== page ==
It is unlikely that state capture commission chairperson Raymond Zondo will change his mind on recusing himself following his statement that he fathered a child with the sister of Jacob Zuma's wife many years ago, writes Matodzi Ratshimbilani.
In what appears to be a pre-emptive strike, Deputy Chief Justice Raymond Zondo, in his capacity as the chairperson of the state capture commission, issued a statement last month delving into some of his own personal affairs and explaining how, over 25 years ago, he had a relationship with an unnamed woman which resulted in the birth of a child.
He further stated that the woman's sister later married Jacob Zuma.
This was in response to a letter by the attorneys of the former president addressed to Zondo on 28 September in which they reportedly threatened to bring an application for the recusal of the chairperson, for amongst others, an alleged family relation that exists between the chairperson and the former president.
The commission decried the fact that whereas the intention to apply for recusal was made known over a month ago, none had been forthcoming and as a result the chairperson had not been afforded a timeous opportunity to address the allegations upon which the former president seeks his recusal. This development and persistent media enquiries are advanced as reasons why the chairperson was compelled to take the unusual step to discuss his personal life publicly.
The principles of recusal are well entrenched in South African law.
In essence, the idea of a judge or presiding officer recusing himself/herself in a matter that he/she is called upon to adjudicate is intended to realise the constitutional right to a fair trial by ensuring that judges and presiding officers act partially when adjudicating matters and not be influenced by extraneous factors.
Recusals find more resonance in court proceedings where litigants and accused persons have no influence over who is appointed to adjudicate over their cases.
It is not uncommon that a judge appointed to adjudicate over a matter purely as a function of scheduling, which is managed by the Judge President in the High Court, may find himself/herself in circumstances where he/she is required to preside over disputes between parties with whom he/she has a relationship, whether positive or negative.
For this reason the principle of recusal operates on the basis that should a presiding officer find himself/herself in a position of actual or perceived conflict, the ethics and decorum of judicial officers require that such a person should voluntarily recuse themselves from a case. It is for this reason that the decision for recusal in the first instance, lies with the presiding officer concerned.
In quasi-judicial proceedings such as arbitration, the possibility of a judicial officer being in a position of conflict is uncommon as parties in these proceedings elect and agree upon the identity of the presiding officer before matters commence.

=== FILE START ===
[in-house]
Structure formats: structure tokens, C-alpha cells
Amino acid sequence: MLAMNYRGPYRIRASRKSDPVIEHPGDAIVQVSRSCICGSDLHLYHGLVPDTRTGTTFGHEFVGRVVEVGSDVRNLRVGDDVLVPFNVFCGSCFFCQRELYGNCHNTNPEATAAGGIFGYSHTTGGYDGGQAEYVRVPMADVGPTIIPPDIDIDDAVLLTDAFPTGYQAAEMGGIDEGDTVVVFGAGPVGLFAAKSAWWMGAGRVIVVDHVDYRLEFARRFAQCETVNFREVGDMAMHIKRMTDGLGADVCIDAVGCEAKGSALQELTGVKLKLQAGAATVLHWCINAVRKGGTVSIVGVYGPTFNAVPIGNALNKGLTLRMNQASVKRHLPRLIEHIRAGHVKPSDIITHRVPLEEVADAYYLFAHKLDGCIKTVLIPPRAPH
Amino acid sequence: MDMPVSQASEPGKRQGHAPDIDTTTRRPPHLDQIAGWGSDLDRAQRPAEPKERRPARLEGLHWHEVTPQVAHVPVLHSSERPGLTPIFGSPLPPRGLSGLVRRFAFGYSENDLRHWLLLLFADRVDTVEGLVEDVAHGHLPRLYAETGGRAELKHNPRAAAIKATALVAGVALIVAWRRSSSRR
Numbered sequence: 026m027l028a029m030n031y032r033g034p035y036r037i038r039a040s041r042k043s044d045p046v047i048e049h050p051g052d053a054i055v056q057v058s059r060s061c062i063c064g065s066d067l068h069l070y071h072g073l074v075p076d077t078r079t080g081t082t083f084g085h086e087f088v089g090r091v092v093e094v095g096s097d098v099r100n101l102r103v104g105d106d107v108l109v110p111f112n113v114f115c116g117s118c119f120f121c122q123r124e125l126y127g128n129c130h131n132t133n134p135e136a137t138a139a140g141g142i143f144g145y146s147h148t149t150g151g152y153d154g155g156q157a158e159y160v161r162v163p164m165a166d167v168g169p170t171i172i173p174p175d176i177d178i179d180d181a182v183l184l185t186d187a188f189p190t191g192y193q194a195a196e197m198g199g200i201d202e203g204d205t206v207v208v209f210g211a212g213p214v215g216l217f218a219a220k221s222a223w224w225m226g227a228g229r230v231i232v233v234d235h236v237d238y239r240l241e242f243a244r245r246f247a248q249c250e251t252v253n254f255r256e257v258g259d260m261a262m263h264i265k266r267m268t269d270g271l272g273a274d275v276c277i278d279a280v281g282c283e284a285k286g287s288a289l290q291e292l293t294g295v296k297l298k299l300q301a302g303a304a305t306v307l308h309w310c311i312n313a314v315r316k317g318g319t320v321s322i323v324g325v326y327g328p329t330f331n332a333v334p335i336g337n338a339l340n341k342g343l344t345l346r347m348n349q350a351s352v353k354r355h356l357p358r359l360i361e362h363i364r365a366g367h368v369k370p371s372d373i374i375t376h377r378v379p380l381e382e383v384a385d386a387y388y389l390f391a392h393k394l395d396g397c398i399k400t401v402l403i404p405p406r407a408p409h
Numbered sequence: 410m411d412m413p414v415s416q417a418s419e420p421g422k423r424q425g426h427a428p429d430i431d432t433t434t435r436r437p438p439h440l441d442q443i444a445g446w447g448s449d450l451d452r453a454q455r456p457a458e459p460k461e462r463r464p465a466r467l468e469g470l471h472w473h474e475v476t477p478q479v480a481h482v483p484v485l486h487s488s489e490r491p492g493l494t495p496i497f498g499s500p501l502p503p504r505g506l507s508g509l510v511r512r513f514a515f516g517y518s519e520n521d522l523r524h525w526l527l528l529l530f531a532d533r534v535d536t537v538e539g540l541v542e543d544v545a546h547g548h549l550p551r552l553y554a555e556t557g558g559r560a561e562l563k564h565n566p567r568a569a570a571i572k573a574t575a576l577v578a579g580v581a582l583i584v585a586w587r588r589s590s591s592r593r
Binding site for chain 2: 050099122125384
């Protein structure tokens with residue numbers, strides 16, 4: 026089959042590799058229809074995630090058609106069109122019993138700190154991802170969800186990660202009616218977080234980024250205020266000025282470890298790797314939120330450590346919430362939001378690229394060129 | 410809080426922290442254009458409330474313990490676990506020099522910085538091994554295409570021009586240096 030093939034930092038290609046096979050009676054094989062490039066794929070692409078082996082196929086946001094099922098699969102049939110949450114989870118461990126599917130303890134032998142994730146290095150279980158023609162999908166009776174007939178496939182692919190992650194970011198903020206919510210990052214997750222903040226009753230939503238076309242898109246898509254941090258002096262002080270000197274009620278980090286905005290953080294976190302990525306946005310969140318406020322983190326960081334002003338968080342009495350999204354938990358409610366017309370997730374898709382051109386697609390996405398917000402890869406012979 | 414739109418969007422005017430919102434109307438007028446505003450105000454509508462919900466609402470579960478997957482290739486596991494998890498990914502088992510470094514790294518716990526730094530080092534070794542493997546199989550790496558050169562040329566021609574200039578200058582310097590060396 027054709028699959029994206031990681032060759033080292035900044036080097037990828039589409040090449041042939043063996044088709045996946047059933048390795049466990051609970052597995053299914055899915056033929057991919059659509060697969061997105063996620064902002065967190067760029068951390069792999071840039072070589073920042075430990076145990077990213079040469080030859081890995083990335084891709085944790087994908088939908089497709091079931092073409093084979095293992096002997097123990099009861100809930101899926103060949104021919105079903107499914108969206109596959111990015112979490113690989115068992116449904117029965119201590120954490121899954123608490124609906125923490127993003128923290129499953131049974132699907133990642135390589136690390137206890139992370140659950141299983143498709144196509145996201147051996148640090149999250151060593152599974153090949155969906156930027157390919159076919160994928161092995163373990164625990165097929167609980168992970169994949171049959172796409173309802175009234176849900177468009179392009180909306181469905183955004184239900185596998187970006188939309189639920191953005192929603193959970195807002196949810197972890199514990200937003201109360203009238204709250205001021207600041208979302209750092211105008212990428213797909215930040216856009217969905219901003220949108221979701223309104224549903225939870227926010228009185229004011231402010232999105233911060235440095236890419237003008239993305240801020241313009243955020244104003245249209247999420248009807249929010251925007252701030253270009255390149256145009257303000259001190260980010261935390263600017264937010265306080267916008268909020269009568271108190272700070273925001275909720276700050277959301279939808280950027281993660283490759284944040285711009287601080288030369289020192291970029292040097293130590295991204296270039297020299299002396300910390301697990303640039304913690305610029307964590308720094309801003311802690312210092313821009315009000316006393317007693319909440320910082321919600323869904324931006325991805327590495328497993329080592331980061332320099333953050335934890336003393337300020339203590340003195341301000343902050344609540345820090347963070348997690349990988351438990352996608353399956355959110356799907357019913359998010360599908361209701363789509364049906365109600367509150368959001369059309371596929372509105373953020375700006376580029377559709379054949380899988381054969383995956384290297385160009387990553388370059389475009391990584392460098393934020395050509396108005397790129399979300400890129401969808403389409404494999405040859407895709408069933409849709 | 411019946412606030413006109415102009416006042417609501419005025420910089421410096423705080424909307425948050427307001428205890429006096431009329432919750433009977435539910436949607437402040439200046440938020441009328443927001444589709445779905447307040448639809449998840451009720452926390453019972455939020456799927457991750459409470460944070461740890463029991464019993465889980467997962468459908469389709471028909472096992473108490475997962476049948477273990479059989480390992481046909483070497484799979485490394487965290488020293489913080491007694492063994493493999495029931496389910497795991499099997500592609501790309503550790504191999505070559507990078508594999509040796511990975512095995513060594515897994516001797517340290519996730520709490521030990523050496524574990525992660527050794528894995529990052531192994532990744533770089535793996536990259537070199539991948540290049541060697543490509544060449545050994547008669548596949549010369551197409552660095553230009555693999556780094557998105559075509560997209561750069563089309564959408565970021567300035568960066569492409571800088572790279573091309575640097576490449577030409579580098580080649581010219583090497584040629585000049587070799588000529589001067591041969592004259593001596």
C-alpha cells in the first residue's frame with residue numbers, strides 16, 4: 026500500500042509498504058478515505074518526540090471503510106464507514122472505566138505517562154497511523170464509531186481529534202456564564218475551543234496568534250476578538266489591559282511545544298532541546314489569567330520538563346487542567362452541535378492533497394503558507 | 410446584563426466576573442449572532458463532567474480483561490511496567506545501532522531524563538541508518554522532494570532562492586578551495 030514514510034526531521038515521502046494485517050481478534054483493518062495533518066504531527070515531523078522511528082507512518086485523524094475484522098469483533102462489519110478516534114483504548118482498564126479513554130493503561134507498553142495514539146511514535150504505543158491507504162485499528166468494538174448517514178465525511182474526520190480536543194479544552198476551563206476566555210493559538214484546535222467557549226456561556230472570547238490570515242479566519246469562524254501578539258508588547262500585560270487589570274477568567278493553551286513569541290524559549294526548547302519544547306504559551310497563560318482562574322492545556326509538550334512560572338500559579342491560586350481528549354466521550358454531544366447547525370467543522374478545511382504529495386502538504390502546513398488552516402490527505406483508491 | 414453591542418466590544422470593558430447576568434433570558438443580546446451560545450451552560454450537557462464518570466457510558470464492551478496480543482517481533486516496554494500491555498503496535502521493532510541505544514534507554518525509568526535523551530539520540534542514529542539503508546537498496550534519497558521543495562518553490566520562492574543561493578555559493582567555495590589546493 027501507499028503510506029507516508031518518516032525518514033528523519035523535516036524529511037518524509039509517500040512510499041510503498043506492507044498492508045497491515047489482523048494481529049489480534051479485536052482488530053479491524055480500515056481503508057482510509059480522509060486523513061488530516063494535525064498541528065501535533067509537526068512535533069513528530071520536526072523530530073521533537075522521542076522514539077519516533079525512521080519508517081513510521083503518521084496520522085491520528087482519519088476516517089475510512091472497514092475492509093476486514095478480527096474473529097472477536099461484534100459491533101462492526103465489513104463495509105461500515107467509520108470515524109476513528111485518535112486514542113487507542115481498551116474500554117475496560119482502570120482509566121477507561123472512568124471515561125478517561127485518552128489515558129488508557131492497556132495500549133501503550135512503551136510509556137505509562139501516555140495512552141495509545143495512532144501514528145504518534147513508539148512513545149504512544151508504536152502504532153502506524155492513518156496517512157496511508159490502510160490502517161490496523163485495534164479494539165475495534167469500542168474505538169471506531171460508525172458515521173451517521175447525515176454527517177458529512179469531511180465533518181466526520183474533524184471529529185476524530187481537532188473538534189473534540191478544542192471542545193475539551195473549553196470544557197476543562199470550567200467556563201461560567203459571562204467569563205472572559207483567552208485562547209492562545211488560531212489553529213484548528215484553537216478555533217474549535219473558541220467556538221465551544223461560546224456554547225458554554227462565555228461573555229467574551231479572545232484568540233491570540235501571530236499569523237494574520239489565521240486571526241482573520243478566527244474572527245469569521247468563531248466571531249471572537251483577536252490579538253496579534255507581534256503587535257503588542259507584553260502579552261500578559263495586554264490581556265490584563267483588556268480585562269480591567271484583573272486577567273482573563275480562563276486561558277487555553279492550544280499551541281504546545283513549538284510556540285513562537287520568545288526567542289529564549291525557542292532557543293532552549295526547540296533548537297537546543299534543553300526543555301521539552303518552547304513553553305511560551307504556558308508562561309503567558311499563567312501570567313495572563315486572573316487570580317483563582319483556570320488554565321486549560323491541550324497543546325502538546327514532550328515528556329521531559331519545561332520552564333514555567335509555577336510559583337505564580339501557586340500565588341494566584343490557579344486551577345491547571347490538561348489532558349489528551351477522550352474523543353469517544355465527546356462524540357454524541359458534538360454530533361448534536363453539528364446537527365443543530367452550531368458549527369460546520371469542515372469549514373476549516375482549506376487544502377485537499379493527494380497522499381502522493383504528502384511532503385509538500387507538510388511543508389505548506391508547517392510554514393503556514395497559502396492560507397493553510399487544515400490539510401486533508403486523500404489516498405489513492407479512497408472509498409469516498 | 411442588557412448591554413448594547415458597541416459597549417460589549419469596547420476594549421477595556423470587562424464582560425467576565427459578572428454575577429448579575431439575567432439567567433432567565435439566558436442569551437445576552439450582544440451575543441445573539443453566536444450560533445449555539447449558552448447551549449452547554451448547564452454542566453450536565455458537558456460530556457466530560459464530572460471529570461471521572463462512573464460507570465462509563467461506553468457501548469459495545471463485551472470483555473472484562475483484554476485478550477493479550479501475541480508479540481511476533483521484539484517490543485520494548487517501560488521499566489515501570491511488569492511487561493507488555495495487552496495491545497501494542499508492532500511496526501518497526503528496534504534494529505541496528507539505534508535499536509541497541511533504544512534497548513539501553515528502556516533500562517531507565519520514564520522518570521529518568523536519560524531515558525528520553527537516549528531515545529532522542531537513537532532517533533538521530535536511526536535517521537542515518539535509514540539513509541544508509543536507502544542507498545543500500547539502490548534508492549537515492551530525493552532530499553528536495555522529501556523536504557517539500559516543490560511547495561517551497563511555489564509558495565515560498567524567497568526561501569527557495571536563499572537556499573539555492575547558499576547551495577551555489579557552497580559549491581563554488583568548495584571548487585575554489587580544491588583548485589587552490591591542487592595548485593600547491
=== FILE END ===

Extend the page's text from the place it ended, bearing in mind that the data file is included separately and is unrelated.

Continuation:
It is only in instances where parties become aware of conflicts once matters have commenced that an arbitrator may be called upon to recuse themselves once proceedings have commenced. It is for this reason that article 12 of the International Arbitration Act 15 of 2017 provides that a party may challenge an arbitrator appointed by him or her or in whose appointment he or she has participated only for reasons which he or she becomes aware after the appointment has been made.
This provision amongst others will be instructive on the current impasse between the chairperson and the former president as it is well documented that the former president approved the appointment of the chairperson to his position. The former president will be hard pressed to rely on facts that were at his disposal about the chairperson when he gave the approval. The only grounds that will be worth debating for this purpose can only be those that arose or came to the knowledge of the former president once the Commission had commenced its work.
A family relation that dates more than two decades will be a long shot and it is likely to be the reason among others that the chairperson elected to throw down the gauntlet to the former president.
Another relevant factor for the purposes of this debate is that the Judicial Services Commission Act, which legislates the terms for the appointment and conduct of judges in section 12 thereof, contemplates the promulgation of the Code of Judicial Conduct by the Chief Justice which regulates the conduct and misconduct of judges.
In this regard, Article 13 of the Code of Judicial Conduct provides that a judge must recuse himself/herself for real or reasonably perceived conflict of interest or reasonable suspicion of bias based on objective facts and thus the trite test of a reasonable man applies to assess whether or not allegations are sufficient for a judge to recuse himself/herself from a case.
Article 13 specifically provides that a judge need not recuse himself/herself on insubstantial grounds.
The explanatory notes to Article 13 of the Code of Judicial Conduct, in line with case law, amplify the fact that whether a judge ought to recuse himself/herself is a matter to be decided by the judge concerned and a judge ought not to defer to the opinion of the parties or their legal representatives in making such a decision.
To this end, the chairperson's opinion on whether or not he is in a position of conflict is the determining factor and if the commission statement is anything to go by, the chairperson has made it clear that the family relations he has with the former president have not influenced his ability to deal with any legal matters that the former president has been a party to.
It appears unlikely that the chairperson will change his mind in this regard.
- Matodzi Ratshimbilani is a director at Tshisevhe Gwina Ratshimbilani Inc.